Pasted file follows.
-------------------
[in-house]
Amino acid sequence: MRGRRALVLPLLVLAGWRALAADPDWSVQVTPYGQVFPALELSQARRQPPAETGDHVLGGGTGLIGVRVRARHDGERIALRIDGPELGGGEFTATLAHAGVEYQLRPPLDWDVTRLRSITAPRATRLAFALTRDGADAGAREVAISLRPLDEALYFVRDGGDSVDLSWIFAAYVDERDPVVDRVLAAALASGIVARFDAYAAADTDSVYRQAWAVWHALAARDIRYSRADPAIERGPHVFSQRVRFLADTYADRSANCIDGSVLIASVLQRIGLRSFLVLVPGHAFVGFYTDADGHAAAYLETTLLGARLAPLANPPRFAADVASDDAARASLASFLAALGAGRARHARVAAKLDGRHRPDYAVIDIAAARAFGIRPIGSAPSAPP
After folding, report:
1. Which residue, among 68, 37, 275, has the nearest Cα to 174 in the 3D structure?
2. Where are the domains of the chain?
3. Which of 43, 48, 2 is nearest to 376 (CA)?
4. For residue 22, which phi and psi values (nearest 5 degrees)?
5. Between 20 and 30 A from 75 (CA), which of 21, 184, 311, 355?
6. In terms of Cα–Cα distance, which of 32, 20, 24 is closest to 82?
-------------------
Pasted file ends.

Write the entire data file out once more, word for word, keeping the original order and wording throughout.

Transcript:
[in-house]
Amino acid sequence: MRGRRALVLPLLVLAGWRALAADPDWSVQVTPYGQVFPALELSQARRQPPAETGDHVLGGGTGLIGVRVRARHDGERIALRIDGPELGGGEFTATLAHAGVEYQLRPPLDWDVTRLRSITAPRATRLAFALTRDGADAGAREVAISLRPLDEALYFVRDGGDSVDLSWIFAAYVDERDPVVDRVLAAALASGIVARFDAYAAADTDSVYRQAWAVWHALAARDIRYSRADPAIERGPHVFSQRVRFLADTYADRSANCIDGSVLIASVLQRIGLRSFLVLVPGHAFVGFYTDADGHAAAYLETTLLGARLAPLANPPRFAADVASDDAARASLASFLAALGAGRARHARVAAKLDGRHRPDYAVIDIAAARAFGIRPIGSAPSAPP
After folding, report:
1. Which residue, among 68, 37, 275, has the nearest Cα to 174 in the 3D structure?
2. Where are the domains of the chain?
3. Which of 43, 48, 2 is nearest to 376 (CA)?
4. For residue 22, which phi and psi values (nearest 5 degrees)?
5. Between 20 and 30 A from 75 (CA), which of 21, 184, 311, 355?
6. In terms of Cα–Cα distance, which of 32, 20, 24 is closest to 82?